Note: This series originally aired on WBOI FM public radio of Northeast Indiana. Thanks to Tom Castaldi for allowing and facilitating its reproduction.

Allen County Historian Tom Castaldi talks about the old Wabash-Erie Canal feeder dam on the St. Joseph River, located north of Fort Wayne, which was located right behind him. Photo courtesy of The News-Sentinel.

Build the longest canal in America without a source of water, no building stone, and no surveyor’s tools?

That’s what the State of Indiana faced in 1827, before Sam Hanna, David Burr and surveyor John Smythe laid out a water route from the Saint Joseph River six miles north of Fort Wayne to make the Wabash & Erie Canal a reality.

Samuel Hanna (1797-1866)

Because Fort Wayne was the highest point on the proposed line, water had to be found to be poured in from the top to make it work.

Hanna then traveled from Indiana to New York, the only place surveyor instruments could be found at the time.  It’s said that he made the trip out and back in an unusually fast time.  Pretty good when only horse, steamboat, and stagecoach could hurry the pace.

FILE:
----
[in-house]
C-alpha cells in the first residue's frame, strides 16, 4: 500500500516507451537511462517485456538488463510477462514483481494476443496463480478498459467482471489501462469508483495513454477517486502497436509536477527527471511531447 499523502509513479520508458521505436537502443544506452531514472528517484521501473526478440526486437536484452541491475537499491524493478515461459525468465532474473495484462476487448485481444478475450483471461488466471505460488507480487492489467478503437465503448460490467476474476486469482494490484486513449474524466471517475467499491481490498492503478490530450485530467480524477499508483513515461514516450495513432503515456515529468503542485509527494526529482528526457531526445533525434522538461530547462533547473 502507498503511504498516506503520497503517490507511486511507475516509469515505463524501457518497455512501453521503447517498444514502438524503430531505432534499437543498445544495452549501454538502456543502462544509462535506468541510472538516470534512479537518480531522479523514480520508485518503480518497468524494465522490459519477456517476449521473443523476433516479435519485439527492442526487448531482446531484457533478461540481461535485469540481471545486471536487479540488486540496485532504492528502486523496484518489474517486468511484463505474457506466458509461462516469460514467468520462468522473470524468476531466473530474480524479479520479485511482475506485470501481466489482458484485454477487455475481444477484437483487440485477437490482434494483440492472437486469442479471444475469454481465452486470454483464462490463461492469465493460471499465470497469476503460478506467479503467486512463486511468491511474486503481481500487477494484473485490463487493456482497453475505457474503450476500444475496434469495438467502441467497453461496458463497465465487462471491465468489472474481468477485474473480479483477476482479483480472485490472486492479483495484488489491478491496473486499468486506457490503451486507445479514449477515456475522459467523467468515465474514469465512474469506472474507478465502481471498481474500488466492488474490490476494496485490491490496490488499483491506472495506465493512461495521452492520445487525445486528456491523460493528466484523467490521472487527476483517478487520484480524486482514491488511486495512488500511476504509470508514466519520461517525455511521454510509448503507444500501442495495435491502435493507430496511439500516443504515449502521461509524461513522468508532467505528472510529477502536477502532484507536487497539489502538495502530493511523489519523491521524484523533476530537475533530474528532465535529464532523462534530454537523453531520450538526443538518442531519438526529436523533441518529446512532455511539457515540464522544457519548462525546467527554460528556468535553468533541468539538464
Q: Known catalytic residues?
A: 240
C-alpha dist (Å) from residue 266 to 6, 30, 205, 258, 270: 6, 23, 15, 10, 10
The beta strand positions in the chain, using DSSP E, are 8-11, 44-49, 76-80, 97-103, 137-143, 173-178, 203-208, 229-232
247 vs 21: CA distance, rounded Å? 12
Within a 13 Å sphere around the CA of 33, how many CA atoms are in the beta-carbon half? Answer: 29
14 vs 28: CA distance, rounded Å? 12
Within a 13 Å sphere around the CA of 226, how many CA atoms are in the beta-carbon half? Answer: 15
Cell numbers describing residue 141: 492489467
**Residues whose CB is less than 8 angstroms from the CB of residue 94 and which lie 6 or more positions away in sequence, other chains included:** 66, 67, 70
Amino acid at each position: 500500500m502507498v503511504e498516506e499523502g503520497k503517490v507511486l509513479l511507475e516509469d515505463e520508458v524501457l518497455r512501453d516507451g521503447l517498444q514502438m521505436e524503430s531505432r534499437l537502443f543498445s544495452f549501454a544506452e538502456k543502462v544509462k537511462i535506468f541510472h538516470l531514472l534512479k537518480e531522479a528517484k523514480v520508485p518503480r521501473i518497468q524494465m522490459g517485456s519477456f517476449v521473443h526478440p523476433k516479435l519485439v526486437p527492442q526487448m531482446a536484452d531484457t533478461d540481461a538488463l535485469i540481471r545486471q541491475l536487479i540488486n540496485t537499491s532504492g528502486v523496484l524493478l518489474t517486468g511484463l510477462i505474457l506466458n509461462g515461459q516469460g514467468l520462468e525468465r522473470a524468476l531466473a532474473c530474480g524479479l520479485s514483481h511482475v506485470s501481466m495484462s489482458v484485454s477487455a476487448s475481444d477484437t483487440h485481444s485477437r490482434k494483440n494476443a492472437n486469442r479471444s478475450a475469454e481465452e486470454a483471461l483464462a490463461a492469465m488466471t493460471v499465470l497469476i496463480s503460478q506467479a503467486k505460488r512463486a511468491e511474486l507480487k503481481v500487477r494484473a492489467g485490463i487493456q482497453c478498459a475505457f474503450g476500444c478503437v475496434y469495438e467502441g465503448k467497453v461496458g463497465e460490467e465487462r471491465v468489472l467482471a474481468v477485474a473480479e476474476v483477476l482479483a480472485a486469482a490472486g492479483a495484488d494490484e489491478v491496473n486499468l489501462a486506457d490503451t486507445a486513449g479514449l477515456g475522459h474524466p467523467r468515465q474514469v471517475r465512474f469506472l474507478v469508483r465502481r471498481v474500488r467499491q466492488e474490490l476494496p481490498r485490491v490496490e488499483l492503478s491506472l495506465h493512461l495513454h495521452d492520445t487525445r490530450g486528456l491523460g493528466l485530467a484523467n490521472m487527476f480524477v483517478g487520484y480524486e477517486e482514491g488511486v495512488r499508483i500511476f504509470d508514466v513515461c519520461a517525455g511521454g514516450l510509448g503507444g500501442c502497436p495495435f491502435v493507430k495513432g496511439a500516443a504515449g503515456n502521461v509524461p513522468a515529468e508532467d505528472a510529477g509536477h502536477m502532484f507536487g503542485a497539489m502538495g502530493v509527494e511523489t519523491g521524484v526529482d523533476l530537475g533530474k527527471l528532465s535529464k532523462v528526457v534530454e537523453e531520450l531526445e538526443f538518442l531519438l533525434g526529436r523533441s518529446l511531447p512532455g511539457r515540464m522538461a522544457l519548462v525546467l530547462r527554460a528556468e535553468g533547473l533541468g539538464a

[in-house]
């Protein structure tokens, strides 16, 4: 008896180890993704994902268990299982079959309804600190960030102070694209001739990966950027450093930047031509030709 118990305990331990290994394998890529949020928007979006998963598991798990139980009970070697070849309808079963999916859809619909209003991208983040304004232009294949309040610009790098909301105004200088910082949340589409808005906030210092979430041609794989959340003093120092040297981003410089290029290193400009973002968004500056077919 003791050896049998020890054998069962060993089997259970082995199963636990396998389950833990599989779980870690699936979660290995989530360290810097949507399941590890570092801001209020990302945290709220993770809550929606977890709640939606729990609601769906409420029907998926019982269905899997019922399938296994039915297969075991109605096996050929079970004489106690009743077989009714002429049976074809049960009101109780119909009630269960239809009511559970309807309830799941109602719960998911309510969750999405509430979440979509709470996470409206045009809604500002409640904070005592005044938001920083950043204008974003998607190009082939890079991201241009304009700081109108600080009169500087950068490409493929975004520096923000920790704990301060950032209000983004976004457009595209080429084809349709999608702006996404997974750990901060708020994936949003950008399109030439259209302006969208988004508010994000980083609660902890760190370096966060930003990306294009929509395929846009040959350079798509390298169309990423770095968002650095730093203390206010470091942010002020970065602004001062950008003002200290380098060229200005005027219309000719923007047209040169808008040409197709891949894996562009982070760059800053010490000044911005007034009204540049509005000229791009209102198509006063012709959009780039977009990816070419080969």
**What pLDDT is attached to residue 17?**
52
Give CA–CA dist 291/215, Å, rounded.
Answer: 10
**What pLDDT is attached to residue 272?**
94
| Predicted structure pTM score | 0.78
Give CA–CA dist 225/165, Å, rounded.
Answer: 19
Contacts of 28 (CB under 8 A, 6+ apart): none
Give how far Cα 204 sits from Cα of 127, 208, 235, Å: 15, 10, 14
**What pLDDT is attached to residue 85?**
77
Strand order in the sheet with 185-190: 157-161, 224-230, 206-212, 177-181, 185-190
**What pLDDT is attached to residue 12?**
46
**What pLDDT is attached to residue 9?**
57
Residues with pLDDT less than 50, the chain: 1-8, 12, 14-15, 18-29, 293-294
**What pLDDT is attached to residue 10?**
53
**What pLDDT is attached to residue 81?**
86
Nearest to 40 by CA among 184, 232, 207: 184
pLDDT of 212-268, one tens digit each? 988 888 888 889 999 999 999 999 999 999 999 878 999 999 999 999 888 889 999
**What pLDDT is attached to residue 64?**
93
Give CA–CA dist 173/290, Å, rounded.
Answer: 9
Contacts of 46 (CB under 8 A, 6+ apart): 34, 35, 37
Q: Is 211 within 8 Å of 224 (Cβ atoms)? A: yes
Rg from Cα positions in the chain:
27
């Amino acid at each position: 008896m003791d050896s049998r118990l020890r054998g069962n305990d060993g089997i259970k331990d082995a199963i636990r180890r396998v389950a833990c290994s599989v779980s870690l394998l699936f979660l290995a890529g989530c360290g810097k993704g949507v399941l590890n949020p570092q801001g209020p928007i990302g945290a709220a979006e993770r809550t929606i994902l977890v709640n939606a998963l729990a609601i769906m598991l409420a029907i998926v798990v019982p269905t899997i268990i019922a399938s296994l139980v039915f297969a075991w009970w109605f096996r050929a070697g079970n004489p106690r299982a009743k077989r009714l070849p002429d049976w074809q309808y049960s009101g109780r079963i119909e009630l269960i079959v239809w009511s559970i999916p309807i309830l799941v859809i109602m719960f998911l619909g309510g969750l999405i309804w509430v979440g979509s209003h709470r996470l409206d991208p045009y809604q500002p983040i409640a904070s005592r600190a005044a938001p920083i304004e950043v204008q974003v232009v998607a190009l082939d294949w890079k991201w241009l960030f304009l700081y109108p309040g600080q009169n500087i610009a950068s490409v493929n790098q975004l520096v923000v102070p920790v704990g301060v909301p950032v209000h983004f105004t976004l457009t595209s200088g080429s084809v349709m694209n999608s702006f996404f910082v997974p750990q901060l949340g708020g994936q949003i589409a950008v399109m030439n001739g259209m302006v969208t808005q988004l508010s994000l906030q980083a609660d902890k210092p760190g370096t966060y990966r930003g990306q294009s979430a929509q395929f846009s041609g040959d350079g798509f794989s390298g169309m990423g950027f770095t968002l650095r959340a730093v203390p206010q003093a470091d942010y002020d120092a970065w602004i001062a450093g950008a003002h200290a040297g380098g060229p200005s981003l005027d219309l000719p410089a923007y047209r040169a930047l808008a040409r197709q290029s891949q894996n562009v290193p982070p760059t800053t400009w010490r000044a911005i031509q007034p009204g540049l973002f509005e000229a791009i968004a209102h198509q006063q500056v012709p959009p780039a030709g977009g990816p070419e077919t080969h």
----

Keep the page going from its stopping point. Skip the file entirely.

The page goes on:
To top it off, the three men worked so rigorously that Burr collapsed from exhaustion and Smythe actually died of the fever.  Somehow Hanna persevered and delivered to the Indiana General Assembly the route for a feeder canal ready to dig and the project was approved in 1827.

The Saint Joseph Feeder Dam

A dam on the Saint Joseph, at present-day Shoaff Park in Fort Wayne, was the answer but it had to be made of felled trees, brush, sand, sediment and wood because there is no building stone in the county.

Yet, with no water, no instruments, and no building stone, the canal that finally made possible an unbroken water connection between the Saint Lawrence Seaway and the Gulf of Mexico was completed.  It pioneered the way for the railroads and highways we use today.

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